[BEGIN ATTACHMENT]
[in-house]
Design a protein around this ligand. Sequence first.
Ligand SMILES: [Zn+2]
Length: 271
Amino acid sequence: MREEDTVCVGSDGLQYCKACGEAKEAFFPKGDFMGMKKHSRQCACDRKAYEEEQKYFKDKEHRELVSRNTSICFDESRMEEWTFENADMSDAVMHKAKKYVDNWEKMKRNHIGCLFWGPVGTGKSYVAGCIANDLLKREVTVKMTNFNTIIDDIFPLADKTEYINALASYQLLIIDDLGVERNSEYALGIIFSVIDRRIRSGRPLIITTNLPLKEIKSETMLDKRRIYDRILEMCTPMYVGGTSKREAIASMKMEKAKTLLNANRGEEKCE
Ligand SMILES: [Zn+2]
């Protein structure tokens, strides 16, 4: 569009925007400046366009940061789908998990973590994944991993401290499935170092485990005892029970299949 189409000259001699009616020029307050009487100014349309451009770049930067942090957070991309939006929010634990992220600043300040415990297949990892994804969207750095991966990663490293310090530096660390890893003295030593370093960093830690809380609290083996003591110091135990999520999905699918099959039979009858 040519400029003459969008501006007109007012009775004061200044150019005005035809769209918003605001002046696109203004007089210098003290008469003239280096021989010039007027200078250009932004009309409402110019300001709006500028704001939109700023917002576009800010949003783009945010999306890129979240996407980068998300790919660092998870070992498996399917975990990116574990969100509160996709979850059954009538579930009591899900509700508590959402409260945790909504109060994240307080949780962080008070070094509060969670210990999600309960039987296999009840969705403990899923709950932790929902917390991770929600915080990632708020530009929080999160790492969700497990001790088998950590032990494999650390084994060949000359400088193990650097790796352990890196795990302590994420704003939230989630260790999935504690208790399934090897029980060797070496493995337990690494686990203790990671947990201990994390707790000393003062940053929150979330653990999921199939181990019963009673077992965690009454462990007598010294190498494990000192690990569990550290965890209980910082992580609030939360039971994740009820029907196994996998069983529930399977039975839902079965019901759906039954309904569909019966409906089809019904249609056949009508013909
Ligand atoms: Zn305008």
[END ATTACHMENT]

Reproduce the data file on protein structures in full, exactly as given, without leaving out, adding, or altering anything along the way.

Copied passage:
[in-house]
Design a protein around this ligand. Sequence first.
Ligand SMILES: [Zn+2]
Length: 271
Amino acid sequence: MREEDTVCVGSDGLQYCKACGEAKEAFFPKGDFMGMKKHSRQCACDRKAYEEEQKYFKDKEHRELVSRNTSICFDESRMEEWTFENADMSDAVMHKAKKYVDNWEKMKRNHIGCLFWGPVGTGKSYVAGCIANDLLKREVTVKMTNFNTIIDDIFPLADKTEYINALASYQLLIIDDLGVERNSEYALGIIFSVIDRRIRSGRPLIITTNLPLKEIKSETMLDKRRIYDRILEMCTPMYVGGTSKREAIASMKMEKAKTLLNANRGEEKCE
Ligand SMILES: [Zn+2]
């Protein structure tokens, strides 16, 4: 569009925007400046366009940061789908998990973590994944991993401290499935170092485990005892029970299949 189409000259001699009616020029307050009487100014349309451009770049930067942090957070991309939006929010634990992220600043300040415990297949990892994804969207750095991966990663490293310090530096660390890893003295030593370093960093830690809380609290083996003591110091135990999520999905699918099959039979009858 040519400029003459969008501006007109007012009775004061200044150019005005035809769209918003605001002046696109203004007089210098003290008469003239280096021989010039007027200078250009932004009309409402110019300001709006500028704001939109700023917002576009800010949003783009945010999306890129979240996407980068998300790919660092998870070992498996399917975990990116574990969100509160996709979850059954009538579930009591899900509700508590959402409260945790909504109060994240307080949780962080008070070094509060969670210990999600309960039987296999009840969705403990899923709950932790929902917390991770929600915080990632708020530009929080999160790492969700497990001790088998950590032990494999650390084994060949000359400088193990650097790796352990890196795990302590994420704003939230989630260790999935504690208790399934090897029980060797070496493995337990690494686990203790990671947990201990994390707790000393003062940053929150979330653990999921199939181990019963009673077992965690009454462990007598010294190498494990000192690990569990550290965890209980910082992580609030939360039971994740009820029907196994996998069983529930399977039975839902079965019901759906039954309904569909019966409906089809019904249609056949009508013909
Ligand atoms: Zn305008």